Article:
“Hard Work” in the Duck Factory
For old school waterfowling, the Canadian prairie is wide open.
It’s not just that waterfowl swarm the Canadian prairies in flocks of biblical proportions, or that limits run as high as eight ducks, eight dark geese, and 20 light geese a day. And it’s not that the “duck factory” of lower Saskatchewan, Manitoba, and Alberta covers more than 20,000 square miles of prime breeding terrain and produces almost half of North America’s duck population-although that’s a major factor. The real reason American waterfowlers return year after year to this vast patchwork of sprawling grainfields pocked with watery low spots and edged with golden-leafed aspens is to experience hunting as it must have been in the States in the 1950s: wide open spaces, cheap room and board at mom-and-pop motels, and friendly farmers who grant permission to hunt for the price of a handshake.
“I was nervous about asking people at first, but I never had any trouble getting permission,” says Jason Thompson, a Tennesseean from Memphis who is more accustomed to hunting the heavily posted, leased ricefields and woods of Arkansas. In the fall of 2001, Thompson and his father flew from Memphis to Winnipeg, rented a car for the week, checked into a motel in tiny Minnedosa, Manitoba, and hunted the numerous Ducks Unlimited projects in that area. (This is a good strategy for many hunters, since DU Canada owns 290,000 acres of wetlands, all of which are open to the public. The remainder of DU’s 6 million acres of projects are in private hands, but some 85 percent are open to hunting with the owner’s permission.)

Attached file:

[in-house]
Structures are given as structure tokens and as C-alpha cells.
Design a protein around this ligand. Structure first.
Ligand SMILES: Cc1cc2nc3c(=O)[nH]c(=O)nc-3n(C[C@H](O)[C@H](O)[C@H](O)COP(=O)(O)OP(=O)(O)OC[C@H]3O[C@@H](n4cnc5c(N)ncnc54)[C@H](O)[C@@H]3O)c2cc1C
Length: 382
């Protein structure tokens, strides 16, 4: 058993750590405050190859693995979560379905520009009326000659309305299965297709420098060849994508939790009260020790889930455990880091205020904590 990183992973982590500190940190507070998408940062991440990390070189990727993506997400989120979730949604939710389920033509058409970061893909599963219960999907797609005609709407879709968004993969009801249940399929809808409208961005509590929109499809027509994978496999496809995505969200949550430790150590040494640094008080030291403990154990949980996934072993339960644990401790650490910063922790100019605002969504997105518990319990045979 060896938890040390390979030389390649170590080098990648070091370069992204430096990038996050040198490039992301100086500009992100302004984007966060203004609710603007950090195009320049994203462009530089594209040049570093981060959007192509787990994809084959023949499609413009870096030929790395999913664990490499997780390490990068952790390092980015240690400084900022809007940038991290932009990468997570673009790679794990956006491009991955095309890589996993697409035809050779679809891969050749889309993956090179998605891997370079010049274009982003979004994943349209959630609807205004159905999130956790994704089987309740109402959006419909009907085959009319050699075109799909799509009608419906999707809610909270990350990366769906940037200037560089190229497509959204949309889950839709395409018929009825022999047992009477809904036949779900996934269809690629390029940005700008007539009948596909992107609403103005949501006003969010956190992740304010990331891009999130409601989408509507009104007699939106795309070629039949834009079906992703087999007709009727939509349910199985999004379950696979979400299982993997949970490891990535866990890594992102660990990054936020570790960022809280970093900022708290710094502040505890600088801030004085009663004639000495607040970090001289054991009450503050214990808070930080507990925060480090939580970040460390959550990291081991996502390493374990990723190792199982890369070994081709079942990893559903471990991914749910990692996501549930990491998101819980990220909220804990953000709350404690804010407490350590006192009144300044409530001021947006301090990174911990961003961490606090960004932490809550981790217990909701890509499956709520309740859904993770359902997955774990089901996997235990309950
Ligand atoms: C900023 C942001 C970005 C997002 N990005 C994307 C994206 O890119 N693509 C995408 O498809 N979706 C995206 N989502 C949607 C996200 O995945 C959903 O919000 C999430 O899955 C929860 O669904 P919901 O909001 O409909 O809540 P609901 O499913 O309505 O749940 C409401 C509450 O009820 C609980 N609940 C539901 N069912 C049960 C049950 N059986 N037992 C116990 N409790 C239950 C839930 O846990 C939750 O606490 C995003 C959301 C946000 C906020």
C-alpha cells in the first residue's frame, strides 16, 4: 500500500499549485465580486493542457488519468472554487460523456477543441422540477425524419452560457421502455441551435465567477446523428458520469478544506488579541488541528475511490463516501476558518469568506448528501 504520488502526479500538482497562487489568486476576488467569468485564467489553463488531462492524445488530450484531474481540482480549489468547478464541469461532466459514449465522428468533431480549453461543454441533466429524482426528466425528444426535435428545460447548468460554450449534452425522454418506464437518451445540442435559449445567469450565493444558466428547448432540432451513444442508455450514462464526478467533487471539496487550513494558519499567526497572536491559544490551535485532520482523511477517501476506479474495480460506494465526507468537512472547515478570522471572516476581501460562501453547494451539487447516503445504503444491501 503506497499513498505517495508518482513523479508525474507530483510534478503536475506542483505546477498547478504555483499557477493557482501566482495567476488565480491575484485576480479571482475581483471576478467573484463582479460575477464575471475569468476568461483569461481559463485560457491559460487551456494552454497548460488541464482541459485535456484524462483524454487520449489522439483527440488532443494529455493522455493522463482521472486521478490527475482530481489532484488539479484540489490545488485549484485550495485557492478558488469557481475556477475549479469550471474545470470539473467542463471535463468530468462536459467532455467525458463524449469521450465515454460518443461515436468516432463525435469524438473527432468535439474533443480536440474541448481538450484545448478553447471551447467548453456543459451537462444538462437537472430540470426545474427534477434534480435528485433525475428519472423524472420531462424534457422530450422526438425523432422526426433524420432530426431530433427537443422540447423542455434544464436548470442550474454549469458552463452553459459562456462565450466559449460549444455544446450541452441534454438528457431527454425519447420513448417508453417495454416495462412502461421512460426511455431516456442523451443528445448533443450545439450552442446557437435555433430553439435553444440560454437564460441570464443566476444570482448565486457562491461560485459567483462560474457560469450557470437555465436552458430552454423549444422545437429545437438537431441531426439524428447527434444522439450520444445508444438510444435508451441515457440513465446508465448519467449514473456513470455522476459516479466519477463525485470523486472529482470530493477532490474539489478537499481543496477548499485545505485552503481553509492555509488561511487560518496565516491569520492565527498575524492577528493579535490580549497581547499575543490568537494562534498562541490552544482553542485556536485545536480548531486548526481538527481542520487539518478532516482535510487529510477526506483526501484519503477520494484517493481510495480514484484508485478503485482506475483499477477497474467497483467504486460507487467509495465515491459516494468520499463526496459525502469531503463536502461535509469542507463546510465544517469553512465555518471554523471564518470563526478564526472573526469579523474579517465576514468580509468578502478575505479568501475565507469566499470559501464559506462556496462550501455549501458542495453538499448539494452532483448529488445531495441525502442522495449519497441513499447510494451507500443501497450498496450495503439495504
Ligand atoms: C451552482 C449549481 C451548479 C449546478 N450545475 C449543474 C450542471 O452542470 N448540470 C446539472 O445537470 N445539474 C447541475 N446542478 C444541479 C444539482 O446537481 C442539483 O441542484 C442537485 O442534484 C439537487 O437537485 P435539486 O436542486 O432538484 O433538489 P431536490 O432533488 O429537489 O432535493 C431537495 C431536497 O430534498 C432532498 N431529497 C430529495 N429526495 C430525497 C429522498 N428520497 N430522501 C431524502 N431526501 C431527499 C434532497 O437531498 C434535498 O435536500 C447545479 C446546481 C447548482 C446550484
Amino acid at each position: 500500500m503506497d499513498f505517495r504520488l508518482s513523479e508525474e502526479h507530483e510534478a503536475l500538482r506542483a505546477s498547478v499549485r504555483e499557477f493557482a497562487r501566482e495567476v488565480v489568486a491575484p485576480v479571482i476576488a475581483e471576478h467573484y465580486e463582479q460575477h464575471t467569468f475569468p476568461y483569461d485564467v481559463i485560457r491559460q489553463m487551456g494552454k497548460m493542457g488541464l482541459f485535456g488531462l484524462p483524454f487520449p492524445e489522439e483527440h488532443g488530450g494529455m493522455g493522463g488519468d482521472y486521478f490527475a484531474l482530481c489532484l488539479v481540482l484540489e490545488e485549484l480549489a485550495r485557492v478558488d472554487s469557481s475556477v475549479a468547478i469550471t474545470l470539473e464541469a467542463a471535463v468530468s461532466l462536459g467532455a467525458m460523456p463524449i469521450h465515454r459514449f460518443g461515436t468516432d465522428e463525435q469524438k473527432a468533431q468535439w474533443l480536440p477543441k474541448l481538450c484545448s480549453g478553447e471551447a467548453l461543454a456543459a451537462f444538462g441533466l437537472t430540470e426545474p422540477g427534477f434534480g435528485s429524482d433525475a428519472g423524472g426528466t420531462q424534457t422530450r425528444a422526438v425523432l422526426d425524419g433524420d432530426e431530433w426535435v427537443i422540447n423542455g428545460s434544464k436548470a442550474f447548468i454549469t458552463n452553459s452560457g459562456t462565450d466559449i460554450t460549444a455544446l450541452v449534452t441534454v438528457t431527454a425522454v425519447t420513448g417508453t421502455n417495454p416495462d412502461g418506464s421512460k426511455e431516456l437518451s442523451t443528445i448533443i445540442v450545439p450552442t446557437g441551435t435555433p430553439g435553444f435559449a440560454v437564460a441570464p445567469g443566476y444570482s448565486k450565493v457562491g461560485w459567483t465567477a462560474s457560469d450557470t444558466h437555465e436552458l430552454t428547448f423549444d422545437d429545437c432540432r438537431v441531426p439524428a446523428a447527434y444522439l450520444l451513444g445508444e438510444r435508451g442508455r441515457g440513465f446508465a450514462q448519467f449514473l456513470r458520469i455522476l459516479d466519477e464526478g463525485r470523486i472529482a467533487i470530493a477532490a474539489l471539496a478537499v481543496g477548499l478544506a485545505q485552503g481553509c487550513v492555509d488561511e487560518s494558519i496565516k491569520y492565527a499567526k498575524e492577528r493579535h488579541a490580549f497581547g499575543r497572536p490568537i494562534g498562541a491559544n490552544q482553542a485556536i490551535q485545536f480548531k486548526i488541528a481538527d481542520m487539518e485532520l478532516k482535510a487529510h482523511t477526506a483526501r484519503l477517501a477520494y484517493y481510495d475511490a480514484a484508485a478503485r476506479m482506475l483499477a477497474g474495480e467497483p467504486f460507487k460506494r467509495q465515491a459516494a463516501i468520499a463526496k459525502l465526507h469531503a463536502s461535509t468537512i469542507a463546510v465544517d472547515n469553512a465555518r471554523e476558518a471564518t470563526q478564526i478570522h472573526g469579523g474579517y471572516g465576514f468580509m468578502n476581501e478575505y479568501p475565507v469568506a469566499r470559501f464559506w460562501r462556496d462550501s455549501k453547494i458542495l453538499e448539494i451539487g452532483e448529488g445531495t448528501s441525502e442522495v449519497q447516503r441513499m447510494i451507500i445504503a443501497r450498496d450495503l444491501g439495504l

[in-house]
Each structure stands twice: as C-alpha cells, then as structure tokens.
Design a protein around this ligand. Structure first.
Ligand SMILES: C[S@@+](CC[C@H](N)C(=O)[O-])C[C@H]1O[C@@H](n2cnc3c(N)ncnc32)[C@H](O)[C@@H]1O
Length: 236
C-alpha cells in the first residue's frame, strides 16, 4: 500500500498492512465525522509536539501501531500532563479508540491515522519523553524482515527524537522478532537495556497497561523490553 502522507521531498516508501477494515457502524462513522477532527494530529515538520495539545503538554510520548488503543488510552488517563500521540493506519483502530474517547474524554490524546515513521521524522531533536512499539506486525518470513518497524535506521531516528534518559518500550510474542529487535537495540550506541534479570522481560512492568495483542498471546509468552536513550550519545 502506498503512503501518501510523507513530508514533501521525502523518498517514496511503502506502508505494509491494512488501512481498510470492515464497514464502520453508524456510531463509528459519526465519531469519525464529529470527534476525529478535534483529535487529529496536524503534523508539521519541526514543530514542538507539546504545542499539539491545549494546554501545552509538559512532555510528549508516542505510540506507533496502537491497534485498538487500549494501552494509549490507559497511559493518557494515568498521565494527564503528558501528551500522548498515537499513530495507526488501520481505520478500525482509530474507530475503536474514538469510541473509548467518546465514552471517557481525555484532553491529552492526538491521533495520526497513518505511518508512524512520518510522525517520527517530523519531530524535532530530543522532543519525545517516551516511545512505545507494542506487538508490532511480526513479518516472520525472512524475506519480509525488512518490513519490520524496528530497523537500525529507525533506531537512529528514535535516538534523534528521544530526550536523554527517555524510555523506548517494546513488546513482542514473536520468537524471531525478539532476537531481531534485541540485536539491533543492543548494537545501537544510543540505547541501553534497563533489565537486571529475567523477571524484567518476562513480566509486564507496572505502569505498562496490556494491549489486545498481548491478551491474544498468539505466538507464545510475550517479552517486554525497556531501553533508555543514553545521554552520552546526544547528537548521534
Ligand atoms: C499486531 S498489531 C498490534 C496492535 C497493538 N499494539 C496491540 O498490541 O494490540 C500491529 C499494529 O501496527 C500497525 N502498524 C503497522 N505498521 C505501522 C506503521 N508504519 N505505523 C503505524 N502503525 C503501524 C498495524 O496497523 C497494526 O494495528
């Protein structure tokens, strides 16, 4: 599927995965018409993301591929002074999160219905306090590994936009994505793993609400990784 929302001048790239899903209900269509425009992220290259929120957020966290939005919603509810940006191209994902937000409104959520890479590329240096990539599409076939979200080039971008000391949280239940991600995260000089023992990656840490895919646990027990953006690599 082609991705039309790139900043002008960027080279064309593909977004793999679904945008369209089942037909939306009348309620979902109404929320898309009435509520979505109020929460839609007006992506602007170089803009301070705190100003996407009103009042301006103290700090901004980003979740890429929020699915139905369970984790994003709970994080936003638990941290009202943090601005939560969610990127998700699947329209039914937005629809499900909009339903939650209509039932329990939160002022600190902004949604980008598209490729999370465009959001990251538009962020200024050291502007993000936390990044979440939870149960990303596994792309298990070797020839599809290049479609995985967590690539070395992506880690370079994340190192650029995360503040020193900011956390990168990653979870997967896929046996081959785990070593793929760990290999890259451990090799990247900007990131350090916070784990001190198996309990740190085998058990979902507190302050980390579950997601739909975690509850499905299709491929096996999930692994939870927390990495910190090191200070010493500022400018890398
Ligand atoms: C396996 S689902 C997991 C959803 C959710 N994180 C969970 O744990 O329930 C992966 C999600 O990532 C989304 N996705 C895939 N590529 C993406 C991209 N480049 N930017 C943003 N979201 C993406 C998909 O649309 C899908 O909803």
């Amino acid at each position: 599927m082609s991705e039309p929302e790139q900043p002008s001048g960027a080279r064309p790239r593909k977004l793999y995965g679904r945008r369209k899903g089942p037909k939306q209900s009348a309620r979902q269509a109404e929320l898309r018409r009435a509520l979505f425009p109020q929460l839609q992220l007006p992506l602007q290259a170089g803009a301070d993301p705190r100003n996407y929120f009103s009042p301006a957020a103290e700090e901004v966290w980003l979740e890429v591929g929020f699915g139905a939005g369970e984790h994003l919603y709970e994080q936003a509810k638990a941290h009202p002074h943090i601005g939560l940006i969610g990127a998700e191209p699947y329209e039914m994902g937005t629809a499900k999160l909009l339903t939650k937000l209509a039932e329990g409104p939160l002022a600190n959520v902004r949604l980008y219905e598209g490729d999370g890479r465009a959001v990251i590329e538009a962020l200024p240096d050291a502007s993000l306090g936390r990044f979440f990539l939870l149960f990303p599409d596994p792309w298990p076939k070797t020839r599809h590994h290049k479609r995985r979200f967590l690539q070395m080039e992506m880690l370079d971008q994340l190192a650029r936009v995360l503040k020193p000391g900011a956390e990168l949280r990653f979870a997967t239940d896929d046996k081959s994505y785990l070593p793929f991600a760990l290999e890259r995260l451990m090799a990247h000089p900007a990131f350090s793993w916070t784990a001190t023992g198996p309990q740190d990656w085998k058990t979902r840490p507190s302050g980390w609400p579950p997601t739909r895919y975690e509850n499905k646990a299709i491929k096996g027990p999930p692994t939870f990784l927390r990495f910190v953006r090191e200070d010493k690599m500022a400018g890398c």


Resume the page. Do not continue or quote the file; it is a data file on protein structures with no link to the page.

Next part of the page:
The Thompsons kept their hunts simple, focusing on puddle ducks in the small potholes and the occasional passing sandhill crane. They carried a dozen mallard floaters (shipped ahead of time) and rarely even bothered to set out all 12 blocks. For blinds, the hunters stood in the cattails.
“We’ve never had to spend more than half an hour hunting in the morning to shoot our ducks,” says Thompson. “The rest of the time Dad and I drove around, took walks, scouted for the next day’s hunt, and enjoyed being together in Canada.”
If you’re going after geese, there are larger logistical problems to solve, but they’re well worth the trouble. Tommy Akin, another Tennesseean (from Greenfield), began traveling to Saskatchewan in the early 1990s to hunt snow geese, and he has assembled a regular crew that has a field-tested strategy for their annual September hunt. Akin and his friends put out a huge spread consisting of 1,000 homemade windsocks for snows, four dozen full-body Canadas, and three dozen Canada shells. Each year one or two hunters in the group volunteer to drive up to Canada with the decoys, and the rest fly in and rent vehicles. Akin’s group scouts in the afternoons, following the snows as the birds leave the lakes-where they roost-in waves. They look for big numbers of geese-10,000 or more-feeding over the dry pea and barley fields. Because the fields are huge and featureless, the hunters use their truck odometers to get a precise fix on the location where the birds are feeding. The next morning, they’re in the field before dawn, deploying their huge spread on the exact spot where the birds fed the night before.